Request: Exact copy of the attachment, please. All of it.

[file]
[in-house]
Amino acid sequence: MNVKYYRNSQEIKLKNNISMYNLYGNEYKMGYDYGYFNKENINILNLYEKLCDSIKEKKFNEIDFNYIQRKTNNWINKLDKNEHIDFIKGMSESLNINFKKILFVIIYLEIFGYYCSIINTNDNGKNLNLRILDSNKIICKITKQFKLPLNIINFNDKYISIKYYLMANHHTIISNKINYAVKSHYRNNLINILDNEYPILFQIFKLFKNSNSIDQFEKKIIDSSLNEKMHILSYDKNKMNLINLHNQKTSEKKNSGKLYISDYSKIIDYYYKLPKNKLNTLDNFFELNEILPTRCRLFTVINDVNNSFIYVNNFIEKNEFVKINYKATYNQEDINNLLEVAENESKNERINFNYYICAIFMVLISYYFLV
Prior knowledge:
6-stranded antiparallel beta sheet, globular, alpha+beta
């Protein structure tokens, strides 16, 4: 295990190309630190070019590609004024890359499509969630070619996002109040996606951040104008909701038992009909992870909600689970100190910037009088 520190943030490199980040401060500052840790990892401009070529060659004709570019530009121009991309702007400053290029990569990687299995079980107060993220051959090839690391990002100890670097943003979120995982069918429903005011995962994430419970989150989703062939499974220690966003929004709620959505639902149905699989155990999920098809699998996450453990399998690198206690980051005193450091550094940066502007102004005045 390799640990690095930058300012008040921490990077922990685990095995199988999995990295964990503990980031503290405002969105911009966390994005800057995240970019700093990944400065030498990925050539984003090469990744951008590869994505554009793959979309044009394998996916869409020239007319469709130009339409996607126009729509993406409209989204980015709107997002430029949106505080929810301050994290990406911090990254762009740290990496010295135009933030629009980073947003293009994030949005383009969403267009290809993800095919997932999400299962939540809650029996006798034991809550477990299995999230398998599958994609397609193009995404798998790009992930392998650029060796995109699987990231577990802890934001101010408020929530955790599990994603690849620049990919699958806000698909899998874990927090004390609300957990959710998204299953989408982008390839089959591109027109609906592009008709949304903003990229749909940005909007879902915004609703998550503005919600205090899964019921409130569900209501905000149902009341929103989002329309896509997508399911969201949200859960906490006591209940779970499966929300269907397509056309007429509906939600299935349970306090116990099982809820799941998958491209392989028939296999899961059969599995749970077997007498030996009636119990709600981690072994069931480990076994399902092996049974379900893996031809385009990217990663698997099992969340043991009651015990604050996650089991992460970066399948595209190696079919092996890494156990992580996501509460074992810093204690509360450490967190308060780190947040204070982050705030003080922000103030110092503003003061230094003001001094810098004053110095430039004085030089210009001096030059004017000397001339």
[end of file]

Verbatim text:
[in-house]
Amino acid sequence: MNVKYYRNSQEIKLKNNISMYNLYGNEYKMGYDYGYFNKENINILNLYEKLCDSIKEKKFNEIDFNYIQRKTNNWINKLDKNEHIDFIKGMSESLNINFKKILFVIIYLEIFGYYCSIINTNDNGKNLNLRILDSNKIICKITKQFKLPLNIINFNDKYISIKYYLMANHHTIISNKINYAVKSHYRNNLINILDNEYPILFQIFKLFKNSNSIDQFEKKIIDSSLNEKMHILSYDKNKMNLINLHNQKTSEKKNSGKLYISDYSKIIDYYYKLPKNKLNTLDNFFELNEILPTRCRLFTVINDVNNSFIYVNNFIEKNEFVKINYKATYNQEDINNLLEVAENESKNERINFNYYICAIFMVLISYYFLV
Prior knowledge:
6-stranded antiparallel beta sheet, globular, alpha+beta
């Protein structure tokens, strides 16, 4: 295990190309630190070019590609004024890359499509969630070619996002109040996606951040104008909701038992009909992870909600689970100190910037009088 520190943030490199980040401060500052840790990892401009070529060659004709570019530009121009991309702007400053290029990569990687299995079980107060993220051959090839690391990002100890670097943003979120995982069918429903005011995962994430419970989150989703062939499974220690966003929004709620959505639902149905699989155990999920098809699998996450453990399998690198206690980051005193450091550094940066502007102004005045 390799640990690095930058300012008040921490990077922990685990095995199988999995990295964990503990980031503290405002969105911009966390994005800057995240970019700093990944400065030498990925050539984003090469990744951008590869994505554009793959979309044009394998996916869409020239007319469709130009339409996607126009729509993406409209989204980015709107997002430029949106505080929810301050994290990406911090990254762009740290990496010295135009933030629009980073947003293009994030949005383009969403267009290809993800095919997932999400299962939540809650029996006798034991809550477990299995999230398998599958994609397609193009995404798998790009992930392998650029060796995109699987990231577990802890934001101010408020929530955790599990994603690849620049990919699958806000698909899998874990927090004390609300957990959710998204299953989408982008390839089959591109027109609906592009008709949304903003990229749909940005909007879902915004609703998550503005919600205090899964019921409130569900209501905000149902009341929103989002329309896509997508399911969201949200859960906490006591209940779970499966929300269907397509056309007429509906939600299935349970306090116990099982809820799941998958491209392989028939296999899961059969599995749970077997007498030996009636119990709600981690072994069931480990076994399902092996049974379900893996031809385009990217990663698997099992969340043991009651015990604050996650089991992460970066399948595209190696079919092996890494156990992580996501509460074992810093204690509360450490967190308060780190947040204070982050705030003080922000103030110092503003003061230094003001001094810098004053110095430039004085030089210009001096030059004017000397001339």